Since that March meeting, the board has used that policy twice with Chairman Daniel Lee and Supervisors Dr. Mark Moore and Harrison Moody being on-hand for the meeting, creating a quorum for the meeting to take place, while Vice-Chair Brenda Ebron-Bonner and Supervisor William Chavis phoned into the meeting, partaking in the discussion and voting on action items. 

Adhering to strict social distancing guidelines – which recommends at least six feet of space between individuals – and Governor Ralph Northam’s ban on nonessential gatherings of ten or more people, the county has also implemented changes to its public comment process. Among those changes, residents are encourged to submit comments digitally by emailing them to, mailing them to the county’s offices to Stephanie Wray, PO Drawer 70, Dinwiddie, Virginia 23841, or by calling 804-469-4500, option 1, extension 2103.

The county has also developed ways to allow residents to listen in on meetings of the board of supervisors from the comfort of their home as Dinwiddie leaders seek to maintain, and even increase transparancy within the county’s government at a time where residents have been directed to remain at home, especially those in high-risk groups like the elderly and those with compromised immune systems. 

More information on the county’s new public meeting and comment procedures can be found at at

On Monday, the number of COVID-19 cases in Virginia continued to rise as nearly 2,900 cases of the respriatory illness have been reported as a majority of the Commonwealth’s localities have reported at least one case of the disease.

Nearly 500 people have been hospitalized and 54 people have died in Virginia. Testing continues to expand, with over 24,500 people having been tested for COVID-19 as of Monday, roughly double the total from seven days earlier.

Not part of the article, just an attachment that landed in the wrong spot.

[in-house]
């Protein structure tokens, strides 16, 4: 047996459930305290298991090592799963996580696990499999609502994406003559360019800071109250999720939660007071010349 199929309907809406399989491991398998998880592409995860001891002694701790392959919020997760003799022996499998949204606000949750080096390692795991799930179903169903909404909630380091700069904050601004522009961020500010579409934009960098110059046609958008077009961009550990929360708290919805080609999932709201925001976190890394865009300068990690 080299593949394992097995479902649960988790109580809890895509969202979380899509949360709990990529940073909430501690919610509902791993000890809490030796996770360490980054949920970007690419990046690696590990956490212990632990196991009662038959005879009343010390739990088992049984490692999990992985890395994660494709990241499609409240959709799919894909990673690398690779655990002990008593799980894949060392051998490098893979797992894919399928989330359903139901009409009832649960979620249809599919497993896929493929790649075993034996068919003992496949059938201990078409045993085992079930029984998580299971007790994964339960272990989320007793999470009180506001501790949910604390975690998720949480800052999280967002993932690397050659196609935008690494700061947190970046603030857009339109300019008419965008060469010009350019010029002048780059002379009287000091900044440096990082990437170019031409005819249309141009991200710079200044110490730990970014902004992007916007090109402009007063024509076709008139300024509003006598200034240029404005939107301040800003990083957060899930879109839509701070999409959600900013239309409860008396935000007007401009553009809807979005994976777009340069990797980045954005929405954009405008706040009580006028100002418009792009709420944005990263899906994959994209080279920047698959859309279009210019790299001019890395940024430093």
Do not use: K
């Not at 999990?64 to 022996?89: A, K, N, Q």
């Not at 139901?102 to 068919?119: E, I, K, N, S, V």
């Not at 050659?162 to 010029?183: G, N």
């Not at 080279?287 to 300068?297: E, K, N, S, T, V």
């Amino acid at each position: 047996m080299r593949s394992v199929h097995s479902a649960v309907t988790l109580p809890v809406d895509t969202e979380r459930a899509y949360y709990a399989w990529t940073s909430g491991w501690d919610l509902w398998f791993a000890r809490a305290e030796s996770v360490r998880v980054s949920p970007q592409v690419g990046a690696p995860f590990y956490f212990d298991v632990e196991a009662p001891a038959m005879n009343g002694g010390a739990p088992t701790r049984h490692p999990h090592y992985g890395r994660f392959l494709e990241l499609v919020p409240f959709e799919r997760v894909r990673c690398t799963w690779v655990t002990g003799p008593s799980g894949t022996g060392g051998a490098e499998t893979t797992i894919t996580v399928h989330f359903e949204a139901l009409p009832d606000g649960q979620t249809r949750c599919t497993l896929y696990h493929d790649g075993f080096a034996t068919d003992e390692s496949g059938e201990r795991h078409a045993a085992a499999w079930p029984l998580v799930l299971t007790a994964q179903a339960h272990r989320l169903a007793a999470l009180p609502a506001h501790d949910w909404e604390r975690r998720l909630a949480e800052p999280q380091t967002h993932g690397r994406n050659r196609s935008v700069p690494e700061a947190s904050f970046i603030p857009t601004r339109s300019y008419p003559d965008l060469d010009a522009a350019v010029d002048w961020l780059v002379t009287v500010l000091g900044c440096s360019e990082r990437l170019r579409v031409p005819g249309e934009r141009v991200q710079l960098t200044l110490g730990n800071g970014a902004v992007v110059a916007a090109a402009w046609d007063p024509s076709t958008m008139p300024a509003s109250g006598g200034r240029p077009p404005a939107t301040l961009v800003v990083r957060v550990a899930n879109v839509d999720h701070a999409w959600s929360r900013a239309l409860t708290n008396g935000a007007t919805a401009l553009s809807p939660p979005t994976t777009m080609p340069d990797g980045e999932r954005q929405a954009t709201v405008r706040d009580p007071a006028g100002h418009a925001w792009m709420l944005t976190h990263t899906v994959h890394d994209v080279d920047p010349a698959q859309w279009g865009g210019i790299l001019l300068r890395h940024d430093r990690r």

COVID-19 spreads primarily through respiratory droplets produced when an infected person coughs or sneezes. Most patients with COVID-19 have mild to moderate symptoms. However, in a small proportion of patients, COVID-19 can lead to more severe illness, including death, particularly among those who are older or those who have chronic medical conditions. Symptoms include fever, cough, and difficulty breathing. Symptoms appear within 14 days after exposure to an infectious person. 

“We all need to monitor ourselves for symptoms and practice social distancing as much as possible,” said Epidemiologist Senior Dr. E. Katrina Saphrey.

On the frontlines of the county’s response to the illness, Dinwiddie Fire and EMS Chief Dennis Hale echoed the sentiments of area health leaders.

“It is crucial that people adhere to guidelines designed to slow the spread of COVID-19,” he said.”We all need to stay at home if possible – going out only for essential purposes, practice social distancing outside the home, wash hands frequently with soap and water, use hand sanitizer when soap and water are not available, and avoid touching the face.”

To lower the risk from spreading respiratory germs, including COVID-19, the Virginia Department of Health encourages the following effective behaviors:

  • Stay home as much as possible, especially when you are sick. 
  • Avoid close contact with those who are sick.
  • Wash your hands often with soap and water for at least 20 seconds. Use an alcohol-based hand sanitizer only if soap and water are not available.
  • Avoid touching your eyes, nose, and mouth.
  • Cover your mouth and nose with a tissue or your sleeve (not your hands) when coughing or sneezing.
  • Clean and disinfect frequently touched objects and surfaces.
  • Practice social distancing. Maintain at least six feet of space between yourself and other individuals when out in public.

The Crater Health District has activated coronavirus call center, staffed Monday through Friday from 9:30 a.m. – 5 p.m. to address questions from residents. Community members may call the Crater Call Center at 804-862-8989 or 877-ASK-VDH3, which is available 24 hours a day, 7 days a week. 

For more information on COVID-19, please visit the following websites: or